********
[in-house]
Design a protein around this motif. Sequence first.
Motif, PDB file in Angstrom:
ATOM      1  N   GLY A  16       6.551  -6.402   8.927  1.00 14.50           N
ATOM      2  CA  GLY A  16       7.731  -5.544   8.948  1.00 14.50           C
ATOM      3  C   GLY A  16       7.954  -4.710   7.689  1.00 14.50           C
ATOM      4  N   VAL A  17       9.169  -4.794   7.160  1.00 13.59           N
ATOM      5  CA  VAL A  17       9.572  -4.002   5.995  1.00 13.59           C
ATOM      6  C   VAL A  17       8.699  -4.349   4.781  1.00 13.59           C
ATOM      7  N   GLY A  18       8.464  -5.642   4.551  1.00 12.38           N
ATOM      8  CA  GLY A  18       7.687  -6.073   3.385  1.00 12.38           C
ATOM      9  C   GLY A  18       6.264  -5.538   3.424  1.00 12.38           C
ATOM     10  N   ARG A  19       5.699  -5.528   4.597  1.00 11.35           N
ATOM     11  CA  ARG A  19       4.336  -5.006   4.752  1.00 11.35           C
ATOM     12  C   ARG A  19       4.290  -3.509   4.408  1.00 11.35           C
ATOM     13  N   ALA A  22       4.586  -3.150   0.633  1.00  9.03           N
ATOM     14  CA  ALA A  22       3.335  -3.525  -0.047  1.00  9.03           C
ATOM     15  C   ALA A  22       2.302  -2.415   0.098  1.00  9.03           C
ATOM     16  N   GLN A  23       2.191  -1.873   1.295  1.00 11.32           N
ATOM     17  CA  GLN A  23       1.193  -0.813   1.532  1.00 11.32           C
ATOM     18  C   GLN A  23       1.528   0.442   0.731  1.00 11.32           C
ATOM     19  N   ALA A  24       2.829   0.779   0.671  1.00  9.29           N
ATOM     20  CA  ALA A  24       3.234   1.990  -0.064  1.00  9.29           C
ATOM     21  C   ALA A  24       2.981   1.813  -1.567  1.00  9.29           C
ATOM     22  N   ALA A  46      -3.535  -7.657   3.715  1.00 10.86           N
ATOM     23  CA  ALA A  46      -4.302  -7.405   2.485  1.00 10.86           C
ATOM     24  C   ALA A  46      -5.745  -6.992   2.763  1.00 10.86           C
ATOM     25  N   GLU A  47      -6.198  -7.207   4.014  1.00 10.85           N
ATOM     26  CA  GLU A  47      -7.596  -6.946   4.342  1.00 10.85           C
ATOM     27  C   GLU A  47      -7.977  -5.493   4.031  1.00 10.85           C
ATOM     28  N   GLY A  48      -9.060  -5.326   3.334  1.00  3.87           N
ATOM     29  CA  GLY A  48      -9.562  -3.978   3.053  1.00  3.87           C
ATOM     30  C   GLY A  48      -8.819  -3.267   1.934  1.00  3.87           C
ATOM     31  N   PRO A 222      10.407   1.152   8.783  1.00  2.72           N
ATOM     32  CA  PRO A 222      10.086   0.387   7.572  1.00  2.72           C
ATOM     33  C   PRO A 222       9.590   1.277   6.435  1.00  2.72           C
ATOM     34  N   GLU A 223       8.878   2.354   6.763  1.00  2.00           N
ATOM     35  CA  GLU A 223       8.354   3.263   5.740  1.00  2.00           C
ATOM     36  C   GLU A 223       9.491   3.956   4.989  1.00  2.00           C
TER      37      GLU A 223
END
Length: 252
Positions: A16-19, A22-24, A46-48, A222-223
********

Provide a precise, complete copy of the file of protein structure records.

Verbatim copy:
[in-house]
Design a protein around this motif. Sequence first.
Motif, PDB file in Angstrom:
ATOM      1  N   GLY A  16       6.551  -6.402   8.927  1.00 14.50           N
ATOM      2  CA  GLY A  16       7.731  -5.544   8.948  1.00 14.50           C
ATOM      3  C   GLY A  16       7.954  -4.710   7.689  1.00 14.50           C
ATOM      4  N   VAL A  17       9.169  -4.794   7.160  1.00 13.59           N
ATOM      5  CA  VAL A  17       9.572  -4.002   5.995  1.00 13.59           C
ATOM      6  C   VAL A  17       8.699  -4.349   4.781  1.00 13.59           C
ATOM      7  N   GLY A  18       8.464  -5.642   4.551  1.00 12.38           N
ATOM      8  CA  GLY A  18       7.687  -6.073   3.385  1.00 12.38           C
ATOM      9  C   GLY A  18       6.264  -5.538   3.424  1.00 12.38           C
ATOM     10  N   ARG A  19       5.699  -5.528   4.597  1.00 11.35           N
ATOM     11  CA  ARG A  19       4.336  -5.006   4.752  1.00 11.35           C
ATOM     12  C   ARG A  19       4.290  -3.509   4.408  1.00 11.35           C
ATOM     13  N   ALA A  22       4.586  -3.150   0.633  1.00  9.03           N
ATOM     14  CA  ALA A  22       3.335  -3.525  -0.047  1.00  9.03           C
ATOM     15  C   ALA A  22       2.302  -2.415   0.098  1.00  9.03           C
ATOM     16  N   GLN A  23       2.191  -1.873   1.295  1.00 11.32           N
ATOM     17  CA  GLN A  23       1.193  -0.813   1.532  1.00 11.32           C
ATOM     18  C   GLN A  23       1.528   0.442   0.731  1.00 11.32           C
ATOM     19  N   ALA A  24       2.829   0.779   0.671  1.00  9.29           N
ATOM     20  CA  ALA A  24       3.234   1.990  -0.064  1.00  9.29           C
ATOM     21  C   ALA A  24       2.981   1.813  -1.567  1.00  9.29           C
ATOM     22  N   ALA A  46      -3.535  -7.657   3.715  1.00 10.86           N
ATOM     23  CA  ALA A  46      -4.302  -7.405   2.485  1.00 10.86           C
ATOM     24  C   ALA A  46      -5.745  -6.992   2.763  1.00 10.86           C
ATOM     25  N   GLU A  47      -6.198  -7.207   4.014  1.00 10.85           N
ATOM     26  CA  GLU A  47      -7.596  -6.946   4.342  1.00 10.85           C
ATOM     27  C   GLU A  47      -7.977  -5.493   4.031  1.00 10.85           C
ATOM     28  N   GLY A  48      -9.060  -5.326   3.334  1.00  3.87           N
ATOM     29  CA  GLY A  48      -9.562  -3.978   3.053  1.00  3.87           C
ATOM     30  C   GLY A  48      -8.819  -3.267   1.934  1.00  3.87           C
ATOM     31  N   PRO A 222      10.407   1.152   8.783  1.00  2.72           N
ATOM     32  CA  PRO A 222      10.086   0.387   7.572  1.00  2.72           C
ATOM     33  C   PRO A 222       9.590   1.277   6.435  1.00  2.72           C
ATOM     34  N   GLU A 223       8.878   2.354   6.763  1.00  2.00           N
ATOM     35  CA  GLU A 223       8.354   3.263   5.740  1.00  2.00           C
ATOM     36  C   GLU A 223       9.491   3.956   4.989  1.00  2.00           C
TER      37      GLU A 223
END
Length: 252
Positions: A16-19, A22-24, A46-48, A222-223